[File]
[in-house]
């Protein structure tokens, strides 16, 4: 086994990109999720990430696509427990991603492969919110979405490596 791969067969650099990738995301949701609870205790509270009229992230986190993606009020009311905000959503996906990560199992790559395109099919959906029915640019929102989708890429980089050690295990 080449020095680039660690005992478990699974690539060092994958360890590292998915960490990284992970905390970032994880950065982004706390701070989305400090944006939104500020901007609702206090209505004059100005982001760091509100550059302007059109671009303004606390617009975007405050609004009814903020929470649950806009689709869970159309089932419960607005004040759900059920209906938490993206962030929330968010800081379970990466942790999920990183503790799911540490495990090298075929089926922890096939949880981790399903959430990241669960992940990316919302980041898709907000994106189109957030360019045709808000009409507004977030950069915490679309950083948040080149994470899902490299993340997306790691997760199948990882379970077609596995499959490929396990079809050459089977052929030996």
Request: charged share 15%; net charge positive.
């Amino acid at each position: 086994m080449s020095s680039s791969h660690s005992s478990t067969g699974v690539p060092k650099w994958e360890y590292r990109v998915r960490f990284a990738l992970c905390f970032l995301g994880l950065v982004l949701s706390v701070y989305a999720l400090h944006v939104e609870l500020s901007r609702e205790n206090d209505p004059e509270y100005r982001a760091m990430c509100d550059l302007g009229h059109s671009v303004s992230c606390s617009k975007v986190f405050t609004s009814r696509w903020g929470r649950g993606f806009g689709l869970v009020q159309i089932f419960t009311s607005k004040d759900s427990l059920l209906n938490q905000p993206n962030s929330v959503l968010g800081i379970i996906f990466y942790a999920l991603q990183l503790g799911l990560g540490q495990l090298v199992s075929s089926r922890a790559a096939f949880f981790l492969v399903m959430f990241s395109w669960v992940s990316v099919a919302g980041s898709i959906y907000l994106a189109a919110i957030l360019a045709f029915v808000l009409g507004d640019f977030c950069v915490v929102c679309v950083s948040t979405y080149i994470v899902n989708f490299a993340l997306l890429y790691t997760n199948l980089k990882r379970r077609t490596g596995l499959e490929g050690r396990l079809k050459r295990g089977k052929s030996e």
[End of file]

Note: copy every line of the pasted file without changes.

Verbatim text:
[in-house]
């Protein structure tokens, strides 16, 4: 086994990109999720990430696509427990991603492969919110979405490596 791969067969650099990738995301949701609870205790509270009229992230986190993606009020009311905000959503996906990560199992790559395109099919959906029915640019929102989708890429980089050690295990 080449020095680039660690005992478990699974690539060092994958360890590292998915960490990284992970905390970032994880950065982004706390701070989305400090944006939104500020901007609702206090209505004059100005982001760091509100550059302007059109671009303004606390617009975007405050609004009814903020929470649950806009689709869970159309089932419960607005004040759900059920209906938490993206962030929330968010800081379970990466942790999920990183503790799911540490495990090298075929089926922890096939949880981790399903959430990241669960992940990316919302980041898709907000994106189109957030360019045709808000009409507004977030950069915490679309950083948040080149994470899902490299993340997306790691997760199948990882379970077609596995499959490929396990079809050459089977052929030996």
Request: charged share 15%; net charge positive.
């Amino acid at each position: 086994m080449s020095s680039s791969h660690s005992s478990t067969g699974v690539p060092k650099w994958e360890y590292r990109v998915r960490f990284a990738l992970c905390f970032l995301g994880l950065v982004l949701s706390v701070y989305a999720l400090h944006v939104e609870l500020s901007r609702e205790n206090d209505p004059e509270y100005r982001a760091m990430c509100d550059l302007g009229h059109s671009v303004s992230c606390s617009k975007v986190f405050t609004s009814r696509w903020g929470r649950g993606f806009g689709l869970v009020q159309i089932f419960t009311s607005k004040d759900s427990l059920l209906n938490q905000p993206n962030s929330v959503l968010g800081i379970i996906f990466y942790a999920l991603q990183l503790g799911l990560g540490q495990l090298v199992s075929s089926r922890a790559a096939f949880f981790l492969v399903m959430f990241s395109w669960v992940s990316v099919a919302g980041s898709i959906y907000l994106a189109a919110i957030l360019a045709f029915v808000l009409g507004d640019f977030c950069v915490v929102c679309v950083s948040t979405y080149i994470v899902n989708f490299a993340l997306l890429y790691t997760n199948l980089k990882r379970r077609t490596g596995l499959e490929g050690r396990l079809k050459r295990g089977k052929s030996e």